Each time you make a change to a rental property, you need to determine whether it is a repair or an improvement. While the terms may seem synonymous, they have a big difference when it comes to tax deductions for landlords and investors. Repairs are deducted in the year you made them, while improvements are depreciated over a set of years, meaning that you don’t get the tax break all at once. Here’s how to know whether a fix qualifies as a repair or an improvement, so you can file your taxes correctly.
Improvements are updates to your property that add value over the long term. Rather than short-term fixes or cosmetic updates, improvements enhance the useful life of the property not just in the here and now, but for years to come. To give a few examples, the IRS classifies the following projects as improvements:
- Bathroom renovation
- Kitchen renovation
- Roof replacement
- New HVAC system
To decide whether something is an improvement, think of BAR, an acronym that stands for betterment, adaptation, and restoration. If you are restoring something (like the HVAC system), adapting something to a new purpose (such as a deck addition), or bettering rental properties with a bathroom renovation, you’re engaging in improvements.
Repairs are jobs that keep the property in good condition but do not necessarily add value. Repairs are self-explanatory most of the time, as you are fixing something to working condition, but to give a few examples, the IRS considers the following to be repairs:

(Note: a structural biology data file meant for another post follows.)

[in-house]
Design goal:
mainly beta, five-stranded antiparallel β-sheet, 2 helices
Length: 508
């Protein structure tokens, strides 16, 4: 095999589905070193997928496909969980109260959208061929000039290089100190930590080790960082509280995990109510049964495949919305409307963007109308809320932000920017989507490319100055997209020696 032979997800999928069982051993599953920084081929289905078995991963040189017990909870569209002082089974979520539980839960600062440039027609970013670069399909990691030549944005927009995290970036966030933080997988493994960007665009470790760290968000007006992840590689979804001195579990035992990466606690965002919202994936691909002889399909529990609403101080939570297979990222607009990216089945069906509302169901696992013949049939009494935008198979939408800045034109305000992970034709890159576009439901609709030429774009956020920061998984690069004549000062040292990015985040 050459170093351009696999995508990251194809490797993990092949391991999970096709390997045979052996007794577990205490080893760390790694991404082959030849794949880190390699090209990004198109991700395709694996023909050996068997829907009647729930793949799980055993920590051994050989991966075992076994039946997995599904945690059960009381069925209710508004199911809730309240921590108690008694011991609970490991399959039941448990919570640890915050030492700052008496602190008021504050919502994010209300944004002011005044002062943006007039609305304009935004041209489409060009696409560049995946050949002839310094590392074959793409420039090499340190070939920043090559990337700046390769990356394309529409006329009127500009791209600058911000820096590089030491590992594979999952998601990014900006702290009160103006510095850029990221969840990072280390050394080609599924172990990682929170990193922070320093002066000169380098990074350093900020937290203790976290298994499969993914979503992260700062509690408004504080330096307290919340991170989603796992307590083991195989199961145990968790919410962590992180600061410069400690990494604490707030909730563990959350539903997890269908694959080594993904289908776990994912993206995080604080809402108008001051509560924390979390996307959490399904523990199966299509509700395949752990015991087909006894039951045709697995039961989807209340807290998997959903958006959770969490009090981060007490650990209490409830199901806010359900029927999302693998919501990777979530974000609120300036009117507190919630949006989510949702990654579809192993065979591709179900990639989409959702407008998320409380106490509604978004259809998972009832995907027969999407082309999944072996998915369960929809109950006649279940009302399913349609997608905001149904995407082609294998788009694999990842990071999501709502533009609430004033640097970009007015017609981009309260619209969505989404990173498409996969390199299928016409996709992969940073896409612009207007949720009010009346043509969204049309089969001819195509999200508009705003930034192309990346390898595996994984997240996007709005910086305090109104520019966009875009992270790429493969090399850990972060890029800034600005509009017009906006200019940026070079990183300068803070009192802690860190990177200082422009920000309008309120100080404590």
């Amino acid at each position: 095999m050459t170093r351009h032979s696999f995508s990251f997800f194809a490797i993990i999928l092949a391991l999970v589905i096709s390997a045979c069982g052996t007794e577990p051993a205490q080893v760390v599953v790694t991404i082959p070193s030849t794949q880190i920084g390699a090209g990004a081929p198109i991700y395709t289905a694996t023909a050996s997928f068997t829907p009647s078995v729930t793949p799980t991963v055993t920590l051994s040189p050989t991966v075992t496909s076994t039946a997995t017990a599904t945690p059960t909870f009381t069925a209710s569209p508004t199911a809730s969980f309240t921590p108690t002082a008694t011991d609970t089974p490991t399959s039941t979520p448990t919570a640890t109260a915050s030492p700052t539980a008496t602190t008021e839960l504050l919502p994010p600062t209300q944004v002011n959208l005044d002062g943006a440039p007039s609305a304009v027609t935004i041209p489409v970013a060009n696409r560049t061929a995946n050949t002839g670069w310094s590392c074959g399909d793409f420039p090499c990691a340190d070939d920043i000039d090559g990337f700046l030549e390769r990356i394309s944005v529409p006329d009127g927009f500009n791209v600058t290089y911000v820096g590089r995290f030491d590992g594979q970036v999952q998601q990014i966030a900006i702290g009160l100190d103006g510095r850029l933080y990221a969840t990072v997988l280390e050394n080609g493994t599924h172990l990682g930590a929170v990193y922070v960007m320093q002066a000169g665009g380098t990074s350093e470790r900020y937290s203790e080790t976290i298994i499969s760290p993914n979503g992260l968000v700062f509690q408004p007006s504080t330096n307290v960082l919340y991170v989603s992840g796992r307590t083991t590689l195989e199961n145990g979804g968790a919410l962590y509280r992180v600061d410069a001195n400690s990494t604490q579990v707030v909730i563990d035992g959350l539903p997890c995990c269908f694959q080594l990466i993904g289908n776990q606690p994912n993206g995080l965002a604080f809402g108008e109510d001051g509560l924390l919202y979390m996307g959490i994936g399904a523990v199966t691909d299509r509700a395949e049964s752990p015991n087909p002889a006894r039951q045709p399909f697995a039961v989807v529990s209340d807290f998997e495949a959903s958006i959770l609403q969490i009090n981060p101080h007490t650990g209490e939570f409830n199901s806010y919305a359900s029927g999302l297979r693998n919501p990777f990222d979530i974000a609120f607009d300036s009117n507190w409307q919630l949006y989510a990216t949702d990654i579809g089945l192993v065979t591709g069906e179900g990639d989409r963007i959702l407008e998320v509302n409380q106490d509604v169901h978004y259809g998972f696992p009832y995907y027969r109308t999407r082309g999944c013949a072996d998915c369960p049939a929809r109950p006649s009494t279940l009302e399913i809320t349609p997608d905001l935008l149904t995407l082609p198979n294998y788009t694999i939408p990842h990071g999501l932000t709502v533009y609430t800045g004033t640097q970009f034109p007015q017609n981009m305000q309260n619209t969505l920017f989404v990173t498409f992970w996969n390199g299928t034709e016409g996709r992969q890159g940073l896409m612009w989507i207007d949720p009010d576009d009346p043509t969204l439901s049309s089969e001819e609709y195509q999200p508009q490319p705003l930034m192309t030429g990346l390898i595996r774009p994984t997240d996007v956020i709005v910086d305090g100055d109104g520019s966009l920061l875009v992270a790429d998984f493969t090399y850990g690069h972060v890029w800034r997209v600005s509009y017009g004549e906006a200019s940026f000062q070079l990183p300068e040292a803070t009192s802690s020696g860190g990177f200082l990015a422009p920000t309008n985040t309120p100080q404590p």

- Replacing broken tiles (retiling the entire floor is an improvement)
- Fixing a running toilet
- Steam cleaning hallway carpet
- Replacing rotted planks on a deck
The IRS maintains a list of projects that count as repairs versus those that must be taken as improvements in Publication 527. If you’re confused over how to classify something, there’s a good chance that Publication 527 spells it out for you. If you’re still not sure whether something should be a repair or an improvement, speak with a CPA who understands investment real estate. Ultimately, most landlords end up making both improvements and repairs, for a satisfying blend of long-term and immediate tax deductions.
How to Deduct Repairs and Improvements
Repairs are straightforward to deduct, as you may take the entire amount of the repair in one year–and potentially save lots of money. Simply calculate the sum of all the repairs you wish to claim, both for materials as well as for labor.
Note that you cannot pay yourself labor fees for any repair work you did on your own, so if you fixed a leaking toilet you can claim any materials but not the cost of your time. If you hire a plumber, you’ll pay for their labor and their parts.
With improvements, you’ll still want to gather any receipts and you’ll follow the same rule regarding your labor (it’s not deductible). Given that an improvement adds to the value over the long-term, you’ll need to perform rental property improvements depreciation.
Take an example depreciation period of 10 years for a bathroom remodel which assumes that the asset expires at the end of 10 years (i.e. the bathroom needs to be redone again). If the bathroom remodel cost $10,000, you could deduct this over a 10-year rental property improvement depreciation period at $1,000 per year. You must classify your work correctly both to save money with tax deductions and avoid trouble with the IRS.
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